Princeton’s campus was a beautiful sight indeed, with its Gothic architecture, vibrant gardens, and collection of public sculptures; one can only imagine the splendor of its warm colored trees and castle-like dormitories in autumn.
This past summer, I worked in the Campus Collections department and the Modern and Contemporary Art department at the Princeton University Art Museum, primarily working on the exhibition entitled Making History Visible: Of American Myths and National Heroes (running September 26, 2017 – January 14, 2018). The exhibition is one component of the campus-wide Princeton and Slavery research project, an initiative that explores the university’s complex connections to the institution of slavery. The museum also commissioned Titus Kaphar, contemporary African American artist, to create a public art monument that will be installed at the president’s house in memory of the enslaved family who served Princeton’s fifth president, and who were subsequently auctioned off on the front lawn after his death.
Making History Visible aims to reveal hidden narratives in visual art and art history, featuring some works by Kaphar as well as other contemporary African American artists, like Kara Walker, Carrie Mae Weems, Glenn Ligon and Hale Woodruff. Their works critique and expand the canon of art history that is full of deifying, aggrandizing and heroic iconography of white, affluent leaders—a dominant historical narrative that excludes some voices and privileges others.
For the exhibition, I helped compile the object checklist, develop the exhibition themes, design various gallery layouts, write labels for every object and draft a magazine article. I also researched and selected eight public artworks for a walking/digital tour that operates in tandem with the Princeton and Slavery project, as well as developed web content for those objects on the Museum’s Campus Art website.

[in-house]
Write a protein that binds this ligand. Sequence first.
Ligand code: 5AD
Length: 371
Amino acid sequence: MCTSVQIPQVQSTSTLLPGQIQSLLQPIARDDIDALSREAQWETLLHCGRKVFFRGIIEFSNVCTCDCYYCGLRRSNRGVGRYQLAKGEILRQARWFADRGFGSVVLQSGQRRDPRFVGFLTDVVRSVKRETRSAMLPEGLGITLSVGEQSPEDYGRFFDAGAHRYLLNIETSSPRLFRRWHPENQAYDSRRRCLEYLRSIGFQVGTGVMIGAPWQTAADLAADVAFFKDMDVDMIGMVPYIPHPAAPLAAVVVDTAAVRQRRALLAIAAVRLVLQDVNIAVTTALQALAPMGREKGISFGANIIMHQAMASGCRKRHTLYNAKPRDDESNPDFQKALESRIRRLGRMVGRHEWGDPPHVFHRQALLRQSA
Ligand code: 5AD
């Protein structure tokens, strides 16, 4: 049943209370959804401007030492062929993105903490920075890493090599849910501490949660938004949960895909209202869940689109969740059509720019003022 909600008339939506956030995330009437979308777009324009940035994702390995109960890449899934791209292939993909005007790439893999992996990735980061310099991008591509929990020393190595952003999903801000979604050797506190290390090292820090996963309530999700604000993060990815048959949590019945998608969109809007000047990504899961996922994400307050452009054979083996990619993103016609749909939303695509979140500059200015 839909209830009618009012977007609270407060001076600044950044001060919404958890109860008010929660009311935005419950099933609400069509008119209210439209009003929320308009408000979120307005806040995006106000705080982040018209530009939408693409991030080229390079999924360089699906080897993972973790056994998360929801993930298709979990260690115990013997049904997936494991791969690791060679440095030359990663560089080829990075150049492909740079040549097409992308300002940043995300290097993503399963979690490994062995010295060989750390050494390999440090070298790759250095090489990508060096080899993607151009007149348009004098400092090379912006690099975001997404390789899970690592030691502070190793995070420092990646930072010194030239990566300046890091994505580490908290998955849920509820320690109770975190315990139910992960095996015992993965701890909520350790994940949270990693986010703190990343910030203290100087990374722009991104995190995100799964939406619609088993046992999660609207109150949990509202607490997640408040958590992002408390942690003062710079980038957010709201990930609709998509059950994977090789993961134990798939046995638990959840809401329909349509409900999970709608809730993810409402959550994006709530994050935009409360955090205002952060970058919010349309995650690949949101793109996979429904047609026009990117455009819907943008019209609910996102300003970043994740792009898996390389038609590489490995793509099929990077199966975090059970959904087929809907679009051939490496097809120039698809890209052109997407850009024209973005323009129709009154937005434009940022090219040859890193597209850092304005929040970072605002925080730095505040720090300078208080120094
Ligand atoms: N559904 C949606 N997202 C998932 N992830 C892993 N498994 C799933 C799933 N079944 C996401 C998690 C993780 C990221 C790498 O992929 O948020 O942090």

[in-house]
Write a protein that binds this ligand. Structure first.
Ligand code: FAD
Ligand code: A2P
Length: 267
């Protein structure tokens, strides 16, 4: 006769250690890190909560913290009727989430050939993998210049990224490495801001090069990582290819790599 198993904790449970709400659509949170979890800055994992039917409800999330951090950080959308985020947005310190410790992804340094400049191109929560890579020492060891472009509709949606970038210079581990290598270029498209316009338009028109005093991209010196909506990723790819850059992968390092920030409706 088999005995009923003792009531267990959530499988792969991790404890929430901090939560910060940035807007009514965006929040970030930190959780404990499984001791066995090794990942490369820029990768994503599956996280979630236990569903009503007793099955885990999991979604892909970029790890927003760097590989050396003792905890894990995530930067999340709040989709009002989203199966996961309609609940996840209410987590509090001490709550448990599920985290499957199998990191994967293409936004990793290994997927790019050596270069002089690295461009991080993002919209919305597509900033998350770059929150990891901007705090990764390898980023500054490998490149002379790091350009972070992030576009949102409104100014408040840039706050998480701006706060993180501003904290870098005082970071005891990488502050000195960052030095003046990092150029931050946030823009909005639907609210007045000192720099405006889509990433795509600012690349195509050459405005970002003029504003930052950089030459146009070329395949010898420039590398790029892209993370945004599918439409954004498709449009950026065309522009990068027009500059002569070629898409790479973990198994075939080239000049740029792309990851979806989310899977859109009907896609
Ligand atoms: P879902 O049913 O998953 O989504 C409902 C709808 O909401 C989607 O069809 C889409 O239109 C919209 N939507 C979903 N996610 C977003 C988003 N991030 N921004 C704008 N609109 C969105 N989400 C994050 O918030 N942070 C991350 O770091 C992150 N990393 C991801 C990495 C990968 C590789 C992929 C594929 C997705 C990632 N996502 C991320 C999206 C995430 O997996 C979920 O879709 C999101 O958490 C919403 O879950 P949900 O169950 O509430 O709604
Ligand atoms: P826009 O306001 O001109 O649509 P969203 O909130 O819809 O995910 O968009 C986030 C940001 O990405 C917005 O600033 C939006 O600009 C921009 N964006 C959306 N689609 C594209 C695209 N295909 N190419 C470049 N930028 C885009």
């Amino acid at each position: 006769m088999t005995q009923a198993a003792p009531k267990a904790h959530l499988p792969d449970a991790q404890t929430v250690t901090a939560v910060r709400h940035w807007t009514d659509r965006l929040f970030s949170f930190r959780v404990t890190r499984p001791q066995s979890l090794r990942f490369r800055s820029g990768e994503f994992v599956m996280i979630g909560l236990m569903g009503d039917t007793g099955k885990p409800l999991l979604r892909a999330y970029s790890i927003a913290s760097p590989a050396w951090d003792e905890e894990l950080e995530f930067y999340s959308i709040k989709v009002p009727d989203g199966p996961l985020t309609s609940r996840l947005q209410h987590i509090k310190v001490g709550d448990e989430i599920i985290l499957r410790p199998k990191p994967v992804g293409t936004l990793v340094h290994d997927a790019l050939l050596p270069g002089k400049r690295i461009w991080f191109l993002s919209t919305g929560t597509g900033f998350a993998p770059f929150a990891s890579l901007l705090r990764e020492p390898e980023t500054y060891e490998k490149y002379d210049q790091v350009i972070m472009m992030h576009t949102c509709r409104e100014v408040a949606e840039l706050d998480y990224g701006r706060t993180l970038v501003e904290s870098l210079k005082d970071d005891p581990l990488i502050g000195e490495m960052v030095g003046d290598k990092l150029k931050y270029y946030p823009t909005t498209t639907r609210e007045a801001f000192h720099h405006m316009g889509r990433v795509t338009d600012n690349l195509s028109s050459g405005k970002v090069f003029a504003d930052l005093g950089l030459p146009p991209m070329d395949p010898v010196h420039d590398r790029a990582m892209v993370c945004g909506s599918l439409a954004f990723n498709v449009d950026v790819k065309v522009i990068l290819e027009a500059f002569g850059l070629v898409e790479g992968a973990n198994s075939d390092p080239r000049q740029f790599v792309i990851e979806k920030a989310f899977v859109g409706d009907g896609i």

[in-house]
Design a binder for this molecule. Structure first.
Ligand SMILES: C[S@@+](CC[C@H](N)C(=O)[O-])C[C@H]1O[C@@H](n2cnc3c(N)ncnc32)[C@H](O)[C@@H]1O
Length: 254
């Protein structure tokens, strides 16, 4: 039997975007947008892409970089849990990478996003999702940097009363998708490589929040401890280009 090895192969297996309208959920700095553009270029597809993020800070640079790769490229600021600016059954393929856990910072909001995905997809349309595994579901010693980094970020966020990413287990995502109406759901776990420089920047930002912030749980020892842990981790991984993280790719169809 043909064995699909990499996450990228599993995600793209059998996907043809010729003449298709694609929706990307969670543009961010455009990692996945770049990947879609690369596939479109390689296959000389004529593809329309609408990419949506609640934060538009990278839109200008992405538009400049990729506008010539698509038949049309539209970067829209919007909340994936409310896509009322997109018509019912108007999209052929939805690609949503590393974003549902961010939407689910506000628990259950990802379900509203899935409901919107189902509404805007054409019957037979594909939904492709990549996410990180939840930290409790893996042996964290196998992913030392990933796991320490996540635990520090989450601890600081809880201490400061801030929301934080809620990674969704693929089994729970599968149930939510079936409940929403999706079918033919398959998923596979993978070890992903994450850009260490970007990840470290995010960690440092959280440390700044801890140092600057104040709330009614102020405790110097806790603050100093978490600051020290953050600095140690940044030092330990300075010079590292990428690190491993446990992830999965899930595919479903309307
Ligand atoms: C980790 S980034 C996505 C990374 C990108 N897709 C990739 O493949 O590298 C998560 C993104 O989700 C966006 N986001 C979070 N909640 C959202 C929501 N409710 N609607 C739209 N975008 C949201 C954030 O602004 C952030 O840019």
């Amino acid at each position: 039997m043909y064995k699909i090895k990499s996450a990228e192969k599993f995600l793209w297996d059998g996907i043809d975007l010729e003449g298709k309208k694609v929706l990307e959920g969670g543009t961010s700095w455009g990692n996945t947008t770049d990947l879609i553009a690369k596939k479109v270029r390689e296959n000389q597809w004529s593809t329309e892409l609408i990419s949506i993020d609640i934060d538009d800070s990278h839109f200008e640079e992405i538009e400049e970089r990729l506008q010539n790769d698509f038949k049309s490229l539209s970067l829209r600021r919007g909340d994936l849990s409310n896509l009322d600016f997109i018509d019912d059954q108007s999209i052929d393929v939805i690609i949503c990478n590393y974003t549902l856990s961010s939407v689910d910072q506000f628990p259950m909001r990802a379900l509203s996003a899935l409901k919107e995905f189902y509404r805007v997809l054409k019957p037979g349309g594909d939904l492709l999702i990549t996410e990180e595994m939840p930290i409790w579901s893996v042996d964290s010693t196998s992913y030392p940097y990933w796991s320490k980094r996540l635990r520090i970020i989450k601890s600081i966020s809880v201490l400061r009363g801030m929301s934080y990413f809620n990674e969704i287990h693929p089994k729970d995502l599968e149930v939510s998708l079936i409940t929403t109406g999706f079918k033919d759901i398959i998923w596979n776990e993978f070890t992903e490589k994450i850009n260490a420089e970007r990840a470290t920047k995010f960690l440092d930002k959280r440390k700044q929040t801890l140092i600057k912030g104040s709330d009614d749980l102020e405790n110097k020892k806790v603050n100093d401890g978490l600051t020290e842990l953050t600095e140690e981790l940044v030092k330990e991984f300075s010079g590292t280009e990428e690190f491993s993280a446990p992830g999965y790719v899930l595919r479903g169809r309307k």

My curatorial internship was an unforgettable, enriching experience. The research I did on slavery in the 18th century, colonial American art and contemporary African American art will certainly inform my writing for my senior thesis. Because I am a determined proponent of diversifying the art world, I not only want to expand the number of voices heard, but to put our voices in conversation with one another. In my future research as an art historian, I hope to contribute my unique cultural perspective to highlight underrepresented minority artists and cultures, so that we may begin to move beyond tokenism in museum collections, exhibitions and the study of art history.